However, experts remain sceptical as to whether the outlook of both parties can be aligned. "The word 'reconciliation' is sometimes understood by Hamas in one way, and the West Bank in another way," says Sami Abdel-Shafi, an independent political consultant in Gaza City. "In the West Bank some people are talking about a complete governmental takeover in Gaza, whereas within Hamas, the language being used is all about political power sharing."
One of the main concerns will be the issue of security and border control, as well as the role of Hamas' military wing, the Qassam Brigades. They have already made it clear that they do not intend to lay down their arms and will remain active. There is also the strategic issue of both parties finding a common political program, together with other smaller Palestinian factions.
Many reconciliation attempts have failed
Since Hamas took over Gaza after violent clashes in 2007, there have been several failed attempts at reconciliation between Fatah and Hamas. The last such attempt was the agreement signed by both parties in Gaza in April 2014, just three months before a deadly war broke out between Hamas and Israel.
On Gaza City's busy Omar al Mukhtar Boulevard, people are cautiously optimistic."The government in Ramallah is certainly most welcome, but we also know that files have piled up over the past 11 years that need to be dealt with and I don't think they have a magic stick to resolve everything overnight," says Raed Issa.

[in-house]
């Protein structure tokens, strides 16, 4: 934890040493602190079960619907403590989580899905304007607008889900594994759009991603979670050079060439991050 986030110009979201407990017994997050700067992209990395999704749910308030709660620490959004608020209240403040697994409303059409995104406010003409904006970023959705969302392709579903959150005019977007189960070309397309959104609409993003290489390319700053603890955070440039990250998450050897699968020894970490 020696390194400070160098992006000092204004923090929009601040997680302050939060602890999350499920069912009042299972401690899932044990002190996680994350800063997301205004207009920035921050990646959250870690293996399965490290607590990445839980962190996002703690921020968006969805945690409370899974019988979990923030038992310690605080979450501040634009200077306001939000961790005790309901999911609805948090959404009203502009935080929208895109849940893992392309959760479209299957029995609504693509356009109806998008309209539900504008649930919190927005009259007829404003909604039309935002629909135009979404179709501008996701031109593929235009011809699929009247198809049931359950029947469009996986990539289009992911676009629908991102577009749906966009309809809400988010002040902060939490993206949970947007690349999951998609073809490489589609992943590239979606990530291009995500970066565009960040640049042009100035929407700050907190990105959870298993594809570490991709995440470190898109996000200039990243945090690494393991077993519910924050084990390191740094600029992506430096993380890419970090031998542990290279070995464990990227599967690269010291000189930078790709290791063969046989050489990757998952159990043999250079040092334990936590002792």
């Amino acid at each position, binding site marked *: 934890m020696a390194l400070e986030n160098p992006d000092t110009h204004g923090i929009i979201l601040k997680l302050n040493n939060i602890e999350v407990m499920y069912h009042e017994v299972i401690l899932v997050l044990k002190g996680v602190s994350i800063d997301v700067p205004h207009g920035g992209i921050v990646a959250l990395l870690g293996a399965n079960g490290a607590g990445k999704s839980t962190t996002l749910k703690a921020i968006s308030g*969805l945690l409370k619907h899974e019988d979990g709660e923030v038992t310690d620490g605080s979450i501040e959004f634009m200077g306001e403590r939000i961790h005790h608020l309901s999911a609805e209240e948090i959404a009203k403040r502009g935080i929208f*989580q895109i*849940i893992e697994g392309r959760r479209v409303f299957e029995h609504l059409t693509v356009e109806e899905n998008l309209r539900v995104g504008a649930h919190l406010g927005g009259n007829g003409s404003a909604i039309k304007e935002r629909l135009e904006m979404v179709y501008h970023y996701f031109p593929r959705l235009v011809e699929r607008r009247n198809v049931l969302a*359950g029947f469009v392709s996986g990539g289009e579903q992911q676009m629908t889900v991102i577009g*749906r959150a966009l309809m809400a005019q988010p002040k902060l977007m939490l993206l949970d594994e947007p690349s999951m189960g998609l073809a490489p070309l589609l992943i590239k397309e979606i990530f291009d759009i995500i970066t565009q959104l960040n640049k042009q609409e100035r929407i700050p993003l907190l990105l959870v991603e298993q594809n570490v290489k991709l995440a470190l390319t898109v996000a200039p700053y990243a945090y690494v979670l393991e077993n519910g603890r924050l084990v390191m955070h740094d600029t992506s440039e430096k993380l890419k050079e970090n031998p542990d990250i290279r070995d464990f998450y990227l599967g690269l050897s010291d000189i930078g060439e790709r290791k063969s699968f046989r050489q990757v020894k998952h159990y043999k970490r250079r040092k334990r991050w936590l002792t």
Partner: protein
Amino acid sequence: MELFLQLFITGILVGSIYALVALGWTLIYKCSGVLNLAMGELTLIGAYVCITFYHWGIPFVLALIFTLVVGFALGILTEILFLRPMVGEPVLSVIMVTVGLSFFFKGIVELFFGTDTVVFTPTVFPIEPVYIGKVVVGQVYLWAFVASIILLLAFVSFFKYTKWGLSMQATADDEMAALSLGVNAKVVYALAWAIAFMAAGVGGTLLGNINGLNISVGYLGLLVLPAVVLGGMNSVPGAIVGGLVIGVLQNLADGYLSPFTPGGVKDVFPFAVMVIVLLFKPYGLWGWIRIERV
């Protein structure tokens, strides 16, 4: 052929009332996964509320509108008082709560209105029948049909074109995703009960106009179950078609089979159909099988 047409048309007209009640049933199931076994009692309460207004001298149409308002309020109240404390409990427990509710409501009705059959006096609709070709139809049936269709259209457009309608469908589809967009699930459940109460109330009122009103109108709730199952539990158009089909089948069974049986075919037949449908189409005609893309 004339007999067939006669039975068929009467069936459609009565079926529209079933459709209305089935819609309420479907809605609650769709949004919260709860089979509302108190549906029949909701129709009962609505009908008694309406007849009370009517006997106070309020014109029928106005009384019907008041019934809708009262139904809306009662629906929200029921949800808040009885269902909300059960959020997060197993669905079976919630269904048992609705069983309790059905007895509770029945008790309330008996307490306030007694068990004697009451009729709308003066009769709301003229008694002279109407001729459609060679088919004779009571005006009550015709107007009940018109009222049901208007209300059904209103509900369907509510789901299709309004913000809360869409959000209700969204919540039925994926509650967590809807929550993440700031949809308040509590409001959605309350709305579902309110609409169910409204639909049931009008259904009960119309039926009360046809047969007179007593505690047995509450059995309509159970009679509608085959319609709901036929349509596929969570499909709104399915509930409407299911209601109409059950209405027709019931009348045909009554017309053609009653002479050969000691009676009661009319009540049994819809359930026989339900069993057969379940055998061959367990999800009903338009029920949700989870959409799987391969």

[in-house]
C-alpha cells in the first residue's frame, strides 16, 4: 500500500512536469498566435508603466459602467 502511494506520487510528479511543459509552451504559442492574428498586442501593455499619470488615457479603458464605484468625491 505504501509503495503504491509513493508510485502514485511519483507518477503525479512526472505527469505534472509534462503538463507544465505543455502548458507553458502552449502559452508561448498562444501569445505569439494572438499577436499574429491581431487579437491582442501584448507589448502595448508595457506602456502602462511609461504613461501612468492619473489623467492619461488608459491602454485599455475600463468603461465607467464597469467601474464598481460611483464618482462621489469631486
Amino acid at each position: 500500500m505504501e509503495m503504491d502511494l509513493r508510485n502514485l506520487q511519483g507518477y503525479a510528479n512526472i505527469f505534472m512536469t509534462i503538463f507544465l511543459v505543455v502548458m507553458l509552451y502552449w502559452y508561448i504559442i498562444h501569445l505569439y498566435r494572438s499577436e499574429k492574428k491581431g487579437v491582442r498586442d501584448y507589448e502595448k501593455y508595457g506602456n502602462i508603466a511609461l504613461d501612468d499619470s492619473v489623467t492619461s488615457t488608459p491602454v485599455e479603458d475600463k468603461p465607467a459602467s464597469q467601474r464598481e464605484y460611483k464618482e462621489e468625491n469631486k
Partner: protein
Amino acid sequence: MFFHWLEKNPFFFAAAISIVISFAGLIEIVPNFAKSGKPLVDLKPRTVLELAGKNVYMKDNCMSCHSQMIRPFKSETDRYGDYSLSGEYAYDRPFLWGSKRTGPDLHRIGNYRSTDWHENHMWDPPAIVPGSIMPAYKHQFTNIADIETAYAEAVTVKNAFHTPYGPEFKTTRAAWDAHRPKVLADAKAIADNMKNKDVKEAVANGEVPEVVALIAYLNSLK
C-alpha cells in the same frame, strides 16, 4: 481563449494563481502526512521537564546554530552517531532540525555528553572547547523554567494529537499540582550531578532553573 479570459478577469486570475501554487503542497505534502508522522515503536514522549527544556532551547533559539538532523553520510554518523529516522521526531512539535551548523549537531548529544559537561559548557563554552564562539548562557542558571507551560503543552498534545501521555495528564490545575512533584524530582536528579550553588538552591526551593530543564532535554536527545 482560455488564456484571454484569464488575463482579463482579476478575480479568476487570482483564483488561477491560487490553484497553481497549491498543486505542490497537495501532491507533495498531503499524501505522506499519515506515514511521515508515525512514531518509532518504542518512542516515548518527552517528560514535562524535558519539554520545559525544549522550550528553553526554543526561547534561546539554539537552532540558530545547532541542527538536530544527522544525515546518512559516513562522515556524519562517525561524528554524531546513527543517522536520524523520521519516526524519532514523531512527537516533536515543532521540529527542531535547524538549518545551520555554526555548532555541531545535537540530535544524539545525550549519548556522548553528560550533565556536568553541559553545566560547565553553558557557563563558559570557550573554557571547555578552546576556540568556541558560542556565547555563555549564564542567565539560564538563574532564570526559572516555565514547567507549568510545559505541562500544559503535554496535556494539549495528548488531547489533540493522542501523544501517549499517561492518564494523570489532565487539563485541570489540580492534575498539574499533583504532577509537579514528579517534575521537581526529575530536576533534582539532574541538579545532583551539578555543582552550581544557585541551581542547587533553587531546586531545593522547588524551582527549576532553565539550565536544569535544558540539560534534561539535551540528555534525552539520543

Another passerby, Nidal Hammad, a young engineer, has a very clear idea what a government of national unity should deal with first: "I want the government to help people, to create work opportunities and certainly more jobs."
With unemployment at an estimated 44 percent, most young people have little prospect of finding a full time job and starting an independent life. And looking for a job outside Gaza is almost impossible, given that the Gaza Strip has been sealed off by Israel and Egypt for over a decade.
Most people hope that as part of the reconciliation plan, the border crossing in Rafah will be opened on a more regular basis. This is Gaza's only pathway to Egypt and a much needed opening to the outside world. Until now, the passage has only opened for two or three days per month, with thousands of people on a waiting list to leave the Gaza Strip.
Egyptian security forces stand guard at the Rafah crossing between Egypt and the southern Gaza Strip
In recent months, strained relations between Egypt and Hamas have somewhat improved, and Egypt has agreed to renovate the passenger terminal at Rafah in return for Hamas' agreement to boost security along the border between Gaza and Egypt. But it is still unclear whether Egypt will allow the border crossing to opened more frequently.
"We really hope that there will be some clear and precise measures to improve our daily life," says Hdaya Shamoun, a young Palestinian woman working for a nongovernmental organization. But with all the unknowns, she says, people in Gaza remain deeply sceptical about whether the symbolic ceremonies will lead to any changes on the ground this time around.
"I would like to believe that this time it will work out," says Ms. Shamoun. "It really feels like this is the last chance."